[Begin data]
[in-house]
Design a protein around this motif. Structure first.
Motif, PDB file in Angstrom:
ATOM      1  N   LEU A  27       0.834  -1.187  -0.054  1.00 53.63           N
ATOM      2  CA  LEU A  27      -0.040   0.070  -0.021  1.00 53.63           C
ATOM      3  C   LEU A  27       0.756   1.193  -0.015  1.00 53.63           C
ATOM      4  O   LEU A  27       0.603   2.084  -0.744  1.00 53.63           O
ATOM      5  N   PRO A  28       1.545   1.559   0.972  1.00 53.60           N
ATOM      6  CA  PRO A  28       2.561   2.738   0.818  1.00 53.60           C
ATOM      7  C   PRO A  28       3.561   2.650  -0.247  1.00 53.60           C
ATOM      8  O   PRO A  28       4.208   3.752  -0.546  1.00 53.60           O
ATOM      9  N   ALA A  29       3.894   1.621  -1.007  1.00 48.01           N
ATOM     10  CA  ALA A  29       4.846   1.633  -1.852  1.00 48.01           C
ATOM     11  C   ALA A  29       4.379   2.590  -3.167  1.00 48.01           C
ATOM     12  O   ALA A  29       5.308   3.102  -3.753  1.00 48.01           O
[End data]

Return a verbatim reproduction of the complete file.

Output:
[in-house]
Design a protein around this motif. Structure first.
Motif, PDB file in Angstrom:
ATOM      1  N   LEU A  27       0.834  -1.187  -0.054  1.00 53.63           N
ATOM      2  CA  LEU A  27      -0.040   0.070  -0.021  1.00 53.63           C
ATOM      3  C   LEU A  27       0.756   1.193  -0.015  1.00 53.63           C
ATOM      4  O   LEU A  27       0.603   2.084  -0.744  1.00 53.63           O
ATOM      5  N   PRO A  28       1.545   1.559   0.972  1.00 53.60           N
ATOM      6  CA  PRO A  28       2.561   2.738   0.818  1.00 53.60           C
ATOM      7  C   PRO A  28       3.561   2.650  -0.247  1.00 53.60           C
ATOM      8  O   PRO A  28       4.208   3.752  -0.546  1.00 53.60           O
ATOM      9  N   ALA A  29       3.894   1.621  -1.007  1.00 48.01           N
ATOM     10  CA  ALA A  29       4.846   1.633  -1.852  1.00 48.01           C
ATOM     11  C   ALA A  29       4.379   2.590  -3.167  1.00 48.01           C
ATOM     12  O   ALA A  29       5.308   3.102  -3.753  1.00 48.01           O